A Musical Universe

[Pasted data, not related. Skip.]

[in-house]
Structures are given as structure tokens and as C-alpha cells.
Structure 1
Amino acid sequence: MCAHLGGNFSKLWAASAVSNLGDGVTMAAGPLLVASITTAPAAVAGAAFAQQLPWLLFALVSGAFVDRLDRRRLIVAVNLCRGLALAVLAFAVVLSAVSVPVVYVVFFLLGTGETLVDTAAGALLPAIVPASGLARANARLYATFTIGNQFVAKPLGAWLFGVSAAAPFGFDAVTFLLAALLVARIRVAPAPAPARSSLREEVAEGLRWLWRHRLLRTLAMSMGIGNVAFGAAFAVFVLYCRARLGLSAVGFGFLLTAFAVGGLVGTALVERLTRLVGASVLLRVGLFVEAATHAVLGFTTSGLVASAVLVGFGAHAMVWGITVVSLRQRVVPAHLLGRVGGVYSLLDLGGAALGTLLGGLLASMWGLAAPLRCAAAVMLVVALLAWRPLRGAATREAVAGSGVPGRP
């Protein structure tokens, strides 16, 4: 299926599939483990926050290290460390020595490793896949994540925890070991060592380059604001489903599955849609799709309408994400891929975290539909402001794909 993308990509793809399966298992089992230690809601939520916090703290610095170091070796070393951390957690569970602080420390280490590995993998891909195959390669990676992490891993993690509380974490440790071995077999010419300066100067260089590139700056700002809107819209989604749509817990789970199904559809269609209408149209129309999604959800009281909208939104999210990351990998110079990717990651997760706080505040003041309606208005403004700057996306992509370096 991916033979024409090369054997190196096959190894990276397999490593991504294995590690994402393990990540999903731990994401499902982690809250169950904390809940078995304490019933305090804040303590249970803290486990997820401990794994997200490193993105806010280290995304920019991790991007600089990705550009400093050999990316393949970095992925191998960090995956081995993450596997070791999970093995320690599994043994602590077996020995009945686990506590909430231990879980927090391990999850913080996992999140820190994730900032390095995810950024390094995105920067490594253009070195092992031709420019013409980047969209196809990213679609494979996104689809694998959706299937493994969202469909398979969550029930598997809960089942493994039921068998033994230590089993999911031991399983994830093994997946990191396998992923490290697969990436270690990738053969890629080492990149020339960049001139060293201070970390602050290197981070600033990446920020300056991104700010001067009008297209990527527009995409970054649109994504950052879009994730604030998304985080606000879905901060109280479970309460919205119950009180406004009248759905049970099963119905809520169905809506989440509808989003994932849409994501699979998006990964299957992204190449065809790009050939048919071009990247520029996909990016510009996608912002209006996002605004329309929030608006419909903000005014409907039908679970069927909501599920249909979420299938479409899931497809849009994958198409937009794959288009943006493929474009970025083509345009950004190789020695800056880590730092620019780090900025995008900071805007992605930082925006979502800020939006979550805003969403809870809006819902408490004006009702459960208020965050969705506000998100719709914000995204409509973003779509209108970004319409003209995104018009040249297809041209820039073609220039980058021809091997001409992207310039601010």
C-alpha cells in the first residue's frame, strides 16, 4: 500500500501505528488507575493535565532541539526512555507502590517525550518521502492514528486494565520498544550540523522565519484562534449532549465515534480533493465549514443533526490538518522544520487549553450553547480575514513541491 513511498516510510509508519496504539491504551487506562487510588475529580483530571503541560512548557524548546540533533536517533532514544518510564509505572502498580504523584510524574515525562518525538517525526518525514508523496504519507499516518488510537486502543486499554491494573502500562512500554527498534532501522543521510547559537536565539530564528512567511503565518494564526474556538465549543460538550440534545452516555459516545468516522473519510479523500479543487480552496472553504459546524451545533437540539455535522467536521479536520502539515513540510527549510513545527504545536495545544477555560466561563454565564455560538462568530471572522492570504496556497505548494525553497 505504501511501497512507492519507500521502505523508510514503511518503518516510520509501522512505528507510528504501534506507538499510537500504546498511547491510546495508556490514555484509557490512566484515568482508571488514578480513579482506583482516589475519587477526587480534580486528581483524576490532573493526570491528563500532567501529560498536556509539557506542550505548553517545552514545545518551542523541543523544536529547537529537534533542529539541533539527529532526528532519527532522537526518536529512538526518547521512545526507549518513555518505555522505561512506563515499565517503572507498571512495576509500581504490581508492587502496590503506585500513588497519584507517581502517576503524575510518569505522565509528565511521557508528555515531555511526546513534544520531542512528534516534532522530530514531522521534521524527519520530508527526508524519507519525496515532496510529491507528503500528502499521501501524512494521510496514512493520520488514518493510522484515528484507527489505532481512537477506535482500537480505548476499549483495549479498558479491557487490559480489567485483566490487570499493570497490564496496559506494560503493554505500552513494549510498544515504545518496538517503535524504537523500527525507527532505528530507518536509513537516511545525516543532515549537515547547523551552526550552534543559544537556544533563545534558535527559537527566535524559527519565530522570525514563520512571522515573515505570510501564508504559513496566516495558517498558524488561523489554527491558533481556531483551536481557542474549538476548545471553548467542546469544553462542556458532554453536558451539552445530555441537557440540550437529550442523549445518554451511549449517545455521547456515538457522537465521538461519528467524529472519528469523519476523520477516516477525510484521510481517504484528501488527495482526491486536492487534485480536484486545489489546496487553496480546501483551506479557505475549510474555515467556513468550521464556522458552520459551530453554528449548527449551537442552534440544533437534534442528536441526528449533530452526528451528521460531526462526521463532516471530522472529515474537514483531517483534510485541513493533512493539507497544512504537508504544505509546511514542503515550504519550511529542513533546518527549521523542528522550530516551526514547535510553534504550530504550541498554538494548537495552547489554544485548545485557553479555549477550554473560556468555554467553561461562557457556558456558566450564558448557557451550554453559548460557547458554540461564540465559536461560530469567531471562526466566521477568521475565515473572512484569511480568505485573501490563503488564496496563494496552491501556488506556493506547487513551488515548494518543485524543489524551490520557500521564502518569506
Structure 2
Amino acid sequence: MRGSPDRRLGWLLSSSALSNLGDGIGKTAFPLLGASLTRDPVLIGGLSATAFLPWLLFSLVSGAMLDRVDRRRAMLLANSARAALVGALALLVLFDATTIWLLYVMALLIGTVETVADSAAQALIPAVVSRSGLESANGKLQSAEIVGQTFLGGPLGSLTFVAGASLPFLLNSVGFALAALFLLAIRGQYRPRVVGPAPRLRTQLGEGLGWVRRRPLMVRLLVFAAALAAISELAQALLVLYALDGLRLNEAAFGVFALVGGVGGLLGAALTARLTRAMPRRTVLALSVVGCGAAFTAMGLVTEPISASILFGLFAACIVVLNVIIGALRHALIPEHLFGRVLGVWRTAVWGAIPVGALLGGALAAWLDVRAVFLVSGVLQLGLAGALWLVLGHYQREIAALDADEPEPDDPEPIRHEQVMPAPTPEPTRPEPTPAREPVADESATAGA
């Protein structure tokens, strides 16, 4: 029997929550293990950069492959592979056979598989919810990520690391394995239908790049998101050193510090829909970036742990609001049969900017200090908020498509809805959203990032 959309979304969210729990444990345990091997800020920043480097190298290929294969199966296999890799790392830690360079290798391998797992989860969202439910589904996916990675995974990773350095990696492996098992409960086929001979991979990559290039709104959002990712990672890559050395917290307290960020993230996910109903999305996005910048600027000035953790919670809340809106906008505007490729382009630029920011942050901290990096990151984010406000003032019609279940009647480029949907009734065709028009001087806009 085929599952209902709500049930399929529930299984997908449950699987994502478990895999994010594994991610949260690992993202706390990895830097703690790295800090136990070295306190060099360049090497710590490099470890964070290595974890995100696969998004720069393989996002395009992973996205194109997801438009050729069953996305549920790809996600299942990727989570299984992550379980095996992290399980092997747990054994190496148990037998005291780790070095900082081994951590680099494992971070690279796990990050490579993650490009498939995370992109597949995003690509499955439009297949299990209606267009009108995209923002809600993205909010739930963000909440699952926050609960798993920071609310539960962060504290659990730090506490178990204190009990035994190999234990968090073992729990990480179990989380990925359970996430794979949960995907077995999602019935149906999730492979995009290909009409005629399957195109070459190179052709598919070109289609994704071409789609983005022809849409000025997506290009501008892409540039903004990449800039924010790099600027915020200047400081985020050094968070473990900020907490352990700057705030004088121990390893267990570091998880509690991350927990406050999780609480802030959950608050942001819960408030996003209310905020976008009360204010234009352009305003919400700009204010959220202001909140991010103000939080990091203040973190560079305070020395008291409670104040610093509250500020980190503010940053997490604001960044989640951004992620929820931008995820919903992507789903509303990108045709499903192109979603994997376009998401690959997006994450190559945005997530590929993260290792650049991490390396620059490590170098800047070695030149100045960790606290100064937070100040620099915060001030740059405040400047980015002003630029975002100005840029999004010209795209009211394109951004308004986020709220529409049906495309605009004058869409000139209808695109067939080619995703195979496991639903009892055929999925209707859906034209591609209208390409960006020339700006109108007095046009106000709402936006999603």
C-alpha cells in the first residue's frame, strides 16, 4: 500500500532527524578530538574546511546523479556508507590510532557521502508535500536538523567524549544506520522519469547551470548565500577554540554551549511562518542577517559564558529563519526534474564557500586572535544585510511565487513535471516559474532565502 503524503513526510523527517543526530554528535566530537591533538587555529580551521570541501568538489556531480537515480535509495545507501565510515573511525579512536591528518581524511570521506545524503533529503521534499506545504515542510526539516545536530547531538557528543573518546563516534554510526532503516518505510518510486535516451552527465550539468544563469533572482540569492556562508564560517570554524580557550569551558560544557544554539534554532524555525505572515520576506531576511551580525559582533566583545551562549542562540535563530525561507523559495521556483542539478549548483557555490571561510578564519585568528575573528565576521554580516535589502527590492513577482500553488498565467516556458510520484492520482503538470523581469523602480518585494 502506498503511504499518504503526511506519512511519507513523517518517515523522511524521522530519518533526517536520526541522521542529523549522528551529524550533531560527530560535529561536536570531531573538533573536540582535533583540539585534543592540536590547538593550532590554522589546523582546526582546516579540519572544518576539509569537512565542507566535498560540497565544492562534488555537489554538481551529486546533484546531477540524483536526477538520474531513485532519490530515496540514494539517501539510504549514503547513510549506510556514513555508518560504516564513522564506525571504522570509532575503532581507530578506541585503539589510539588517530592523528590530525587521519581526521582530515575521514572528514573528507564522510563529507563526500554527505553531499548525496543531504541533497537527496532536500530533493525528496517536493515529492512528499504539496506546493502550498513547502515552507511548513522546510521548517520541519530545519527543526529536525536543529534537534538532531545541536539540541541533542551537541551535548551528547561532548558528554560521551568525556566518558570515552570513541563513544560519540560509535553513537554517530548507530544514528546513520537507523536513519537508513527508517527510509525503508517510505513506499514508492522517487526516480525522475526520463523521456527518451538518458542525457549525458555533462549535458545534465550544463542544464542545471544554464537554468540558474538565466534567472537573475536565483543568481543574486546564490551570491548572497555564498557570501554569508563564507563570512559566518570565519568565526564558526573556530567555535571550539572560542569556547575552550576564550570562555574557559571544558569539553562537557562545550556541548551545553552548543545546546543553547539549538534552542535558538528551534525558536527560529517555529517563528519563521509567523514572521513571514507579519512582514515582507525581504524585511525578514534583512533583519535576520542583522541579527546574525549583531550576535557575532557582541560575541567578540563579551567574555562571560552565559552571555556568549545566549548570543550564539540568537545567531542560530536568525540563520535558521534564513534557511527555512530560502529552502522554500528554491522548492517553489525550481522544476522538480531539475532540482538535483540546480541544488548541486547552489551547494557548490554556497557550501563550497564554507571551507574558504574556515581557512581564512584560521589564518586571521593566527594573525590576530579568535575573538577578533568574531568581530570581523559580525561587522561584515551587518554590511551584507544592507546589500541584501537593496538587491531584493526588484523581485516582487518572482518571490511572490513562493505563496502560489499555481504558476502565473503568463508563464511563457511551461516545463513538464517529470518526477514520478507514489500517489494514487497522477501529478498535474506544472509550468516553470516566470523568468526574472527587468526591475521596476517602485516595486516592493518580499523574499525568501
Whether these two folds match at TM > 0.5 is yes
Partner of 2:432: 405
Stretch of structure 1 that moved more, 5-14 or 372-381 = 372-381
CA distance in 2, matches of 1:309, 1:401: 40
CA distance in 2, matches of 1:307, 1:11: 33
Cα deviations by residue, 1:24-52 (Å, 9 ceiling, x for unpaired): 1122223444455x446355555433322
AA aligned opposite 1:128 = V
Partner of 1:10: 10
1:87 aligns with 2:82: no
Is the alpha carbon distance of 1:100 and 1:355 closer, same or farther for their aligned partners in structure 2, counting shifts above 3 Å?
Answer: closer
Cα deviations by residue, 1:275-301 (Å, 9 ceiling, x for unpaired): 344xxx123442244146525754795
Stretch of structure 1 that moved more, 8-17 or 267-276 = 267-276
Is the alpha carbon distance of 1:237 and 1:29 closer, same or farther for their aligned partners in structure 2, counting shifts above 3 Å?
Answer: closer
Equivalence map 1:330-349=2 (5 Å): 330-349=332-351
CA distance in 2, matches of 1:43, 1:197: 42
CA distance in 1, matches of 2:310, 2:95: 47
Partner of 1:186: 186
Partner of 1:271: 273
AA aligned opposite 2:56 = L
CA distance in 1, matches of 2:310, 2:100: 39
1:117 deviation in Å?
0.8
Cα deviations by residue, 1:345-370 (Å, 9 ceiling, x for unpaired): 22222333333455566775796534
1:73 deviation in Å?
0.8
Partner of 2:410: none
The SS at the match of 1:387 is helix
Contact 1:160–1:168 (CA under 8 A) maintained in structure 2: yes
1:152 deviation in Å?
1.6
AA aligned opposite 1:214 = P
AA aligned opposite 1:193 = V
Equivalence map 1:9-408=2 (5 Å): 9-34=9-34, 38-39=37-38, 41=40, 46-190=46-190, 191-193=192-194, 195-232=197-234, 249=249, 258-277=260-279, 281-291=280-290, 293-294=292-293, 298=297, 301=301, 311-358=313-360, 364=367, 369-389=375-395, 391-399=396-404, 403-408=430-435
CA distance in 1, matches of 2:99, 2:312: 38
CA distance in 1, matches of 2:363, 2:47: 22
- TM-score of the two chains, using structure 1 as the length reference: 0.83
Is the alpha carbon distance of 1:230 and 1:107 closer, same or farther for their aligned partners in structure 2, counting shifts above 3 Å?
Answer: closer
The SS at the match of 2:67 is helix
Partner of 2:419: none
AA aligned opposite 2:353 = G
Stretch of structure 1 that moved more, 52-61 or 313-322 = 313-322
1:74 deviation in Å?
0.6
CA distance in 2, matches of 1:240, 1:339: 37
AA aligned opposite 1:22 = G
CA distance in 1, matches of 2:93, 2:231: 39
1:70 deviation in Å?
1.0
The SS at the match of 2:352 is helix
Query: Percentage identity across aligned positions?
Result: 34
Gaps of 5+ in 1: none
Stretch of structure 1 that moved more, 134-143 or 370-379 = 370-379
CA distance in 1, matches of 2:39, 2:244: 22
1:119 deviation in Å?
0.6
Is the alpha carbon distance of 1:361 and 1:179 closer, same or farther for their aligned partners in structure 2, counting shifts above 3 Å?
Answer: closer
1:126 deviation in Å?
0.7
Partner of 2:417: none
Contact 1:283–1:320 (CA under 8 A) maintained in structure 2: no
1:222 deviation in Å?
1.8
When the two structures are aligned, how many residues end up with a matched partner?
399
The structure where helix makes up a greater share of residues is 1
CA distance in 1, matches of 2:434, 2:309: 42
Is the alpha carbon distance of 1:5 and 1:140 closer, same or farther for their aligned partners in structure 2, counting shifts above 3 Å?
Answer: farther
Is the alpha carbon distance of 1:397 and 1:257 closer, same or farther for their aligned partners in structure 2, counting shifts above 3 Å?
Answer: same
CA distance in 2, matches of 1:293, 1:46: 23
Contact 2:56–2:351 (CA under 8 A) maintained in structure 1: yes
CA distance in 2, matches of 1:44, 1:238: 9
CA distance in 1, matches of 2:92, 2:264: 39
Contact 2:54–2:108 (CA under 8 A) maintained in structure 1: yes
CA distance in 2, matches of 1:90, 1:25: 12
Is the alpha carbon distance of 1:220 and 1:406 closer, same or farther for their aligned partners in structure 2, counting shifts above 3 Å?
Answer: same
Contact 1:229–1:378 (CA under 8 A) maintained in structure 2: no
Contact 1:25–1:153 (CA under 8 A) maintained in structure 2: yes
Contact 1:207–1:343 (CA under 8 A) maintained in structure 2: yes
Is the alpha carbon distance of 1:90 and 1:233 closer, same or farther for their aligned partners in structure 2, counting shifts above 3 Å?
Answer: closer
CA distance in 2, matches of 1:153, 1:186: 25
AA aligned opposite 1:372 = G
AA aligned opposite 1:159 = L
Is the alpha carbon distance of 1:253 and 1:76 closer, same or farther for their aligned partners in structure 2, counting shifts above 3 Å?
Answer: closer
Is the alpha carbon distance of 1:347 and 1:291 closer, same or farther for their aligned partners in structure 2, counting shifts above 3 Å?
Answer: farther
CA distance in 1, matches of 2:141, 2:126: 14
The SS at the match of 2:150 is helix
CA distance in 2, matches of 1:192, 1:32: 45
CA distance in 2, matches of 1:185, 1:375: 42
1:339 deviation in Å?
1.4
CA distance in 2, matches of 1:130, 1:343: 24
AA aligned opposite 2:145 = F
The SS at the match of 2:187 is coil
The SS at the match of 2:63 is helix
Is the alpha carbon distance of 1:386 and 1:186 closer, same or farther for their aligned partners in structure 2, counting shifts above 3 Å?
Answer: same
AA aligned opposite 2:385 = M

At the heart of the Perseus Cluster, 250 million years distant, lies a supermassive black hole that has been singing the same song for 2.5 billion years. Supermassive black holes are monstrous objects commonly found in the centres of galaxies, up to tens of billions of times more massive than our sun, but the common idea that nothing can escape a black hole is wrong. Some matter can actually be violently expelled as “relativistic jets”, surging out at a black hole’s poles. Normally there’s no sound in space because there’s no medium for the pressure waves to travel through, but in some places, such as in the Perseus Cluster, there’s hot gas, allowing the jets to slam into it and propagate through like a galactic drum. We can’t hear the waves, but we can see the peaks and troughs—the Chandra X-Ray Observatory has observed concentric ripples of bright and dark gas, indicating sound waves. The supermassive black hole plays one note registering 57 octaves below middle C—a B-flat—and the waves have a frequency of 10 million years, so they’re one million billion times lower than the lowest sound audible to the human ear. What’s interesting is that these waves keep the gas in the cluster warmer than it usually would be, affecting the rate of star formation, and so these black hole “songs” could help us understand the evolution and growth of the biggest structures in the universe: galaxy clusters.
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